We can’t keep up. We can’t know about everything. Just because something’s famous, even in the relatively small world of education and technology, that doesn’t mean I have ever heard of it.
Sure, I know about Creative Commons. If you license your work with a CC license, you allow others to use it, with some limitations. You can require attribution. You can specify that derivatives can’t be made from it. You can restrict people to non-commercial use. You can allow people to change it, but only if they redistribute it with the same license.
There’s lots of flexibility with Creative Commons, and it fits well with the collaborative attitude of the education world. We work together. We share resources. If you want to print out one of my blog posts and pass it out to your staff, be my guest. If you want to use my something I’ve written for a class or workshop you’re teaching on blogging, go for it. If you can find some value in my work, I think that’s wonderful. It would be nice if you give me credit, though. And if you’re going to be profiting from it, you should contact me first. Oh, and if you make improvements to it, you should also let people share them in the same way. So I can use an “attribution, non-commercial, share-alike Creative Commons license” for my blog. And there it is, over in the sidebar. So copy away.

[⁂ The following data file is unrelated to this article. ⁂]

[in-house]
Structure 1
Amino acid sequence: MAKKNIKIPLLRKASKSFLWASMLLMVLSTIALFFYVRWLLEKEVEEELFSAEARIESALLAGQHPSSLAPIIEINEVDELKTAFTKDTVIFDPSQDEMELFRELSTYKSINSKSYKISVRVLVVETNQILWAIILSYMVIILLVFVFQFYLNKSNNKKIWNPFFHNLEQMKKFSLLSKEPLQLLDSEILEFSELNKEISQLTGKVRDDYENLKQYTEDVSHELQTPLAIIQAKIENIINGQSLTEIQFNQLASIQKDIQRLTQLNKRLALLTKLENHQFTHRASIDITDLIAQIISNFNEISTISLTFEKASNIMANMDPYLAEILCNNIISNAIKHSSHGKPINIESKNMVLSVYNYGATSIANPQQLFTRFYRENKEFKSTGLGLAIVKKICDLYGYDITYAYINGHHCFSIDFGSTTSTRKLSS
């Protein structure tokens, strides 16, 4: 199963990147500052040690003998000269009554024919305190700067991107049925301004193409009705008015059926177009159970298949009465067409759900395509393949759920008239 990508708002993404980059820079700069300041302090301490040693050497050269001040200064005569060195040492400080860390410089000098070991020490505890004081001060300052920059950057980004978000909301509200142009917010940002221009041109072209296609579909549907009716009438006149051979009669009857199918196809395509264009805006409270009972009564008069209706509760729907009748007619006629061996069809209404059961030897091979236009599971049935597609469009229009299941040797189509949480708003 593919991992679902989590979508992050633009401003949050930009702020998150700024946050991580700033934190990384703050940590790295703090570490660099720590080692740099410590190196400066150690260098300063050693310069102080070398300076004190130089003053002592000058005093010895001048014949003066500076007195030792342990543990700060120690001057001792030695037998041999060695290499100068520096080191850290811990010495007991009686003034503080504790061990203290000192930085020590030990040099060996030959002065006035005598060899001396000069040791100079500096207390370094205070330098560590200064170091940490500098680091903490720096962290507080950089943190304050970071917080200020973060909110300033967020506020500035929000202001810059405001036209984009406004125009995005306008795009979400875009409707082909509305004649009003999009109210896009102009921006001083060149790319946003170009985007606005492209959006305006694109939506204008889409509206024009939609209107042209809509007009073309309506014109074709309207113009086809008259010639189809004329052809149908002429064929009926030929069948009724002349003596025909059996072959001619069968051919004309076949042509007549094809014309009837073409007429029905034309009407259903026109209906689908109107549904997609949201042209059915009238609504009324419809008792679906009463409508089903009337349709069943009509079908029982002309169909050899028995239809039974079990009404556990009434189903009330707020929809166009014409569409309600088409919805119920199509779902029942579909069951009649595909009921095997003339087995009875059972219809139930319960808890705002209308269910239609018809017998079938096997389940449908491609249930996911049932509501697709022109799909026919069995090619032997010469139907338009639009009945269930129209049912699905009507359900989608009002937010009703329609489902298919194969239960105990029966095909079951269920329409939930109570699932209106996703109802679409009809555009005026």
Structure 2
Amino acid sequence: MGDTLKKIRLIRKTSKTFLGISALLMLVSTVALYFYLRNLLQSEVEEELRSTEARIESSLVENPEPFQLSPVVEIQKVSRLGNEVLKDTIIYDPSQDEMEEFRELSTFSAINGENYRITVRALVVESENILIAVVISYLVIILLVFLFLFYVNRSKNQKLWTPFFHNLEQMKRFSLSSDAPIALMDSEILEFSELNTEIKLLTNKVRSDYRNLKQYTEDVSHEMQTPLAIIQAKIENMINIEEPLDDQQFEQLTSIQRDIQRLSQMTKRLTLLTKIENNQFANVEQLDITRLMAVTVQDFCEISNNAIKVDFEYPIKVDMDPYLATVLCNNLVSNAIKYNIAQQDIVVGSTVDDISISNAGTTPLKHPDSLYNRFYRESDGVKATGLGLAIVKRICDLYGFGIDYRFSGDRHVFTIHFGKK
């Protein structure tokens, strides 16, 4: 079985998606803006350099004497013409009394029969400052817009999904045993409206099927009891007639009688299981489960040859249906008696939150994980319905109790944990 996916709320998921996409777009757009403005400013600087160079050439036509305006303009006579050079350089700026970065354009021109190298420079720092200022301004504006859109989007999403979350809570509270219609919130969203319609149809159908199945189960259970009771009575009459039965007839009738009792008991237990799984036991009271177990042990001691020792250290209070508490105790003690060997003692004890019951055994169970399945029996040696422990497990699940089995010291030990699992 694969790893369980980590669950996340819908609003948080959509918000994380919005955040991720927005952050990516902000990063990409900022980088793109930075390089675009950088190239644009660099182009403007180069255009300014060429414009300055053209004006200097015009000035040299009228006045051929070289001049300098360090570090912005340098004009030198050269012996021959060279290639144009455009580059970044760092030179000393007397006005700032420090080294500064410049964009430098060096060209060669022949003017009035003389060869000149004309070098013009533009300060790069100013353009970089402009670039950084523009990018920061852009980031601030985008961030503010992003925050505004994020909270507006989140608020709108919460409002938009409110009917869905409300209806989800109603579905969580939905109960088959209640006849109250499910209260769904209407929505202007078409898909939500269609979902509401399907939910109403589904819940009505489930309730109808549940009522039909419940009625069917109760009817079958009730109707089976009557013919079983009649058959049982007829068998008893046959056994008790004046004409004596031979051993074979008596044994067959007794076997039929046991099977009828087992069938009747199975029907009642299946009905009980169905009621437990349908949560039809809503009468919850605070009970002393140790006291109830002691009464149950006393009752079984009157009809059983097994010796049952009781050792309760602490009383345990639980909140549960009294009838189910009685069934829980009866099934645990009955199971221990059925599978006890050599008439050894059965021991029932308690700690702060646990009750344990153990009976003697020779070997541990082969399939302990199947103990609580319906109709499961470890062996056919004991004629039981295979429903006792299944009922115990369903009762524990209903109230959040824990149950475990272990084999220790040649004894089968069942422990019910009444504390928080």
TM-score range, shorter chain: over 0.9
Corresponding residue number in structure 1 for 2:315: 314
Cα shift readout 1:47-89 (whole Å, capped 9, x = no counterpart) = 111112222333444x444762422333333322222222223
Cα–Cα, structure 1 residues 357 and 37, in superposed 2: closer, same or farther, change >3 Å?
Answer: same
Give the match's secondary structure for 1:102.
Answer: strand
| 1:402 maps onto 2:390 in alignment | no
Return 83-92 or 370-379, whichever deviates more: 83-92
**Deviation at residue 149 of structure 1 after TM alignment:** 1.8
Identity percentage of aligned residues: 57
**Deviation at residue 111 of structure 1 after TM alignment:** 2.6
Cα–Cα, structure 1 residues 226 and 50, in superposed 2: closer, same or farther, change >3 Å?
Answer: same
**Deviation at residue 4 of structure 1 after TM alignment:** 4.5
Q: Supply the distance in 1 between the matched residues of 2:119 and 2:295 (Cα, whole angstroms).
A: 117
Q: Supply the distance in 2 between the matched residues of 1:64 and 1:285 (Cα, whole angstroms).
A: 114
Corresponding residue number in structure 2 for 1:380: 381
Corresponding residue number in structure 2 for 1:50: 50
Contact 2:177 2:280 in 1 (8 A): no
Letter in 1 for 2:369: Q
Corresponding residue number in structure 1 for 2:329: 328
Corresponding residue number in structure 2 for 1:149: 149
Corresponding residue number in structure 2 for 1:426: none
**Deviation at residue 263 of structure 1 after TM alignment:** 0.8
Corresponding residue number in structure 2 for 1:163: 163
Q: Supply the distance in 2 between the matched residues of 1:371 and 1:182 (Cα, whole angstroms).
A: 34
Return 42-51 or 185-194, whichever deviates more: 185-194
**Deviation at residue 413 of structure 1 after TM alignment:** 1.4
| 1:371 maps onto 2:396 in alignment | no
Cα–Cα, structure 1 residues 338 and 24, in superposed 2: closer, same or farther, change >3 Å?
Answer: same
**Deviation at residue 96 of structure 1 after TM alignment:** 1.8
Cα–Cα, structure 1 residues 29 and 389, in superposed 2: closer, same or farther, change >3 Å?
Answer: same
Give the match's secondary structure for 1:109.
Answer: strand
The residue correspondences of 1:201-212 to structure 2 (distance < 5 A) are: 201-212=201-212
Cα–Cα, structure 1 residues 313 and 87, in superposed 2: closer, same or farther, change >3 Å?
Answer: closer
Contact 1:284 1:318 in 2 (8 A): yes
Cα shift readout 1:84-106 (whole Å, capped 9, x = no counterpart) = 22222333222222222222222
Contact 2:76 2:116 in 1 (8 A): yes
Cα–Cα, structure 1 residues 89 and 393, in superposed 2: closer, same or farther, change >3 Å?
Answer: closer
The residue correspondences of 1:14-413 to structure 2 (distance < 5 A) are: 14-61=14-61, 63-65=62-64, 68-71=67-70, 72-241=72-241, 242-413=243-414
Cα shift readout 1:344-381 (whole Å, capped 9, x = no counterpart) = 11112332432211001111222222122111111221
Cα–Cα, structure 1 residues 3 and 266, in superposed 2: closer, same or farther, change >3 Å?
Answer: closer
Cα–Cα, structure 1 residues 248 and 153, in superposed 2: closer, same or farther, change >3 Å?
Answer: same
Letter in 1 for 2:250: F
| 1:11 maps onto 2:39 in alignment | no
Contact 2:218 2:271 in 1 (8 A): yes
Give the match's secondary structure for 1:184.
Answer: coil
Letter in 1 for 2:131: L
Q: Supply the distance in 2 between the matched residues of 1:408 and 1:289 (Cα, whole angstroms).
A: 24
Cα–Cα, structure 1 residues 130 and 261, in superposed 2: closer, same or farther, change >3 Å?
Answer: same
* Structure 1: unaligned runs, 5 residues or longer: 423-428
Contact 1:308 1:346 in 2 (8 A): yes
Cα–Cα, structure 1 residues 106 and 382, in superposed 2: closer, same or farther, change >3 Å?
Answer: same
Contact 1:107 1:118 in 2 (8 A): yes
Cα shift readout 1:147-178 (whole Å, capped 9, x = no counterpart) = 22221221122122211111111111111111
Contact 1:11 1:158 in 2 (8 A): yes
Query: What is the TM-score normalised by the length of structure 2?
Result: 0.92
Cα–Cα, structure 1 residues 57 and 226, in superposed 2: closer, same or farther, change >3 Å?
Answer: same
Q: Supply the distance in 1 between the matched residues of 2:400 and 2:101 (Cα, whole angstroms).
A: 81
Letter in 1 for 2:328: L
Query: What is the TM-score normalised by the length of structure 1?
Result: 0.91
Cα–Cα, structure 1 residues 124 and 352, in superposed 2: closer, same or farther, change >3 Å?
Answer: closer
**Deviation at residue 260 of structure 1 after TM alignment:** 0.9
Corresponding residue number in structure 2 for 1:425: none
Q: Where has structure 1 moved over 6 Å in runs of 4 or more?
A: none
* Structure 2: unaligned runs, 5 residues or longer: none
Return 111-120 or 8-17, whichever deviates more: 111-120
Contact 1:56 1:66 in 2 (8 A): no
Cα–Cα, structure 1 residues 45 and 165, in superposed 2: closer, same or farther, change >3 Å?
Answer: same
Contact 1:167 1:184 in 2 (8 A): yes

But that wasn’t what I wanted to talk about.
Last night, I heard about the famous Mayer and Bettle animation that explains Creative Commons.
This animation was created by Pete Foley, with music by Chris Perren. It was coordinated by Elliott Bledsoe, from Creative Commons Australia. And apparently, everyone on the Internet has seen it. Except me. And maybe you.
Oh, and the reason I heard about it last night is because there’s a new sequel to the first animation that goes into a little more depth and focuses on how to make money by giving away your work for free. IMHO, it’s not as good as the original, but it still may be worth a look.